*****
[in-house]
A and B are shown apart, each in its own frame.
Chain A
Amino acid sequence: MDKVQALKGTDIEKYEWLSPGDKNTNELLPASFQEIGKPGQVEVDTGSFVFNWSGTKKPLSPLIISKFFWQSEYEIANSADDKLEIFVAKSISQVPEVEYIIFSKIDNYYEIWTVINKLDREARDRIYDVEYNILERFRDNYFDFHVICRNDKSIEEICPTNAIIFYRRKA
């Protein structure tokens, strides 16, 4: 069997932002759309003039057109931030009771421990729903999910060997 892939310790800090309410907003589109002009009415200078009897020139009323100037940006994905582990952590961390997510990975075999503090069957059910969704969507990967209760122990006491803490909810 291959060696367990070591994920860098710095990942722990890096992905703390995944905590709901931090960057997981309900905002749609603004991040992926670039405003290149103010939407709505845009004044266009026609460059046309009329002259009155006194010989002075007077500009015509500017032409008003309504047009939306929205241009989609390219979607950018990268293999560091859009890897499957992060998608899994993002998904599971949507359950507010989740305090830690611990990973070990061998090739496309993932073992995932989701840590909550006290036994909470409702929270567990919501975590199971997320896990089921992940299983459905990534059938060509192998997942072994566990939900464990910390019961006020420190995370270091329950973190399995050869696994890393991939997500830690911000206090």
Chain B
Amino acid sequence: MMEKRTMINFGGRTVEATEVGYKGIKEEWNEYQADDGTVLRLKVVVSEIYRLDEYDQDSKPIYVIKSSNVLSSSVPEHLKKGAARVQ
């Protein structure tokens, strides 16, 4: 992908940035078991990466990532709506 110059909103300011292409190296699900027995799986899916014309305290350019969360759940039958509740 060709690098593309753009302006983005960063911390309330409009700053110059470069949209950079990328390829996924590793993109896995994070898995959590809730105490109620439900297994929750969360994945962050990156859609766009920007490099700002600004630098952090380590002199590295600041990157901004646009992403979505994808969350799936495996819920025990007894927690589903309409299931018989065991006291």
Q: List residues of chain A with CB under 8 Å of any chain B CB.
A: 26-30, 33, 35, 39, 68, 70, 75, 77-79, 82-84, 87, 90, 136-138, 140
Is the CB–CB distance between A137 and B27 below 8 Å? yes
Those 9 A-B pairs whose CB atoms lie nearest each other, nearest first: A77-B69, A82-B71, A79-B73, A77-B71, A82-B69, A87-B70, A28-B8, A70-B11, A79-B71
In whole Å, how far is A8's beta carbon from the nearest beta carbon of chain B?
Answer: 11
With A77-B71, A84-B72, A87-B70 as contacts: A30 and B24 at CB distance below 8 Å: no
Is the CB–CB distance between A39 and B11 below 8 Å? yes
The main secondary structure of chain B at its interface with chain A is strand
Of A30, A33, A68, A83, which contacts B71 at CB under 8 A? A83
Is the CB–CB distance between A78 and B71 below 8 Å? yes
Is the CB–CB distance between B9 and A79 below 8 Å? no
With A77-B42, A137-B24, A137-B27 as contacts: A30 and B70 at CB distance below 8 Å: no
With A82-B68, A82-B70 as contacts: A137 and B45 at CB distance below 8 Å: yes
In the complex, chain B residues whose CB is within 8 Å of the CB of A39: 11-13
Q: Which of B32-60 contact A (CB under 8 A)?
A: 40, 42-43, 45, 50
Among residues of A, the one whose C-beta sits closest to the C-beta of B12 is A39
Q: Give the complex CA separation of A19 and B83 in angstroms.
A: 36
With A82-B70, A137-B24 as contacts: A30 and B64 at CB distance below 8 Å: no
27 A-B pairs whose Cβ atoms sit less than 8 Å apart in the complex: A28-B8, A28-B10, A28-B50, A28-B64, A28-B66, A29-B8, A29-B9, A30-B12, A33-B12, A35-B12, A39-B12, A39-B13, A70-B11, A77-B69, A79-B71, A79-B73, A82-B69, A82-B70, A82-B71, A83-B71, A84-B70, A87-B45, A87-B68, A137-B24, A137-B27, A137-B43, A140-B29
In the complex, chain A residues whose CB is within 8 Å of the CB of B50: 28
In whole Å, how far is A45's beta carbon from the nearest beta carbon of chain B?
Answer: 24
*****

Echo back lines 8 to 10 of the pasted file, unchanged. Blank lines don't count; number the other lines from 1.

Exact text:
């Protein structure tokens, strides 16, 4: 992908940035078991990466990532709506 110059909103300011292409190296699900027995799986899916014309305290350019969360759940039958509740 060709690098593309753009302006983005960063911390309330409009700053110059470069949209950079990328390829996924590793993109896995994070898995959590809730105490109620439900297994929750969360994945962050990156859609766009920007490099700002600004630098952090380590002199590295600041990157901004646009992403979505994808969350799936495996819920025990007894927690589903309409299931018989065991006291």
Q: List residues of chain A with CB under 8 Å of any chain B CB.
A: 26-30, 33, 35, 39, 68, 70, 75, 77-79, 82-84, 87, 90, 136-138, 140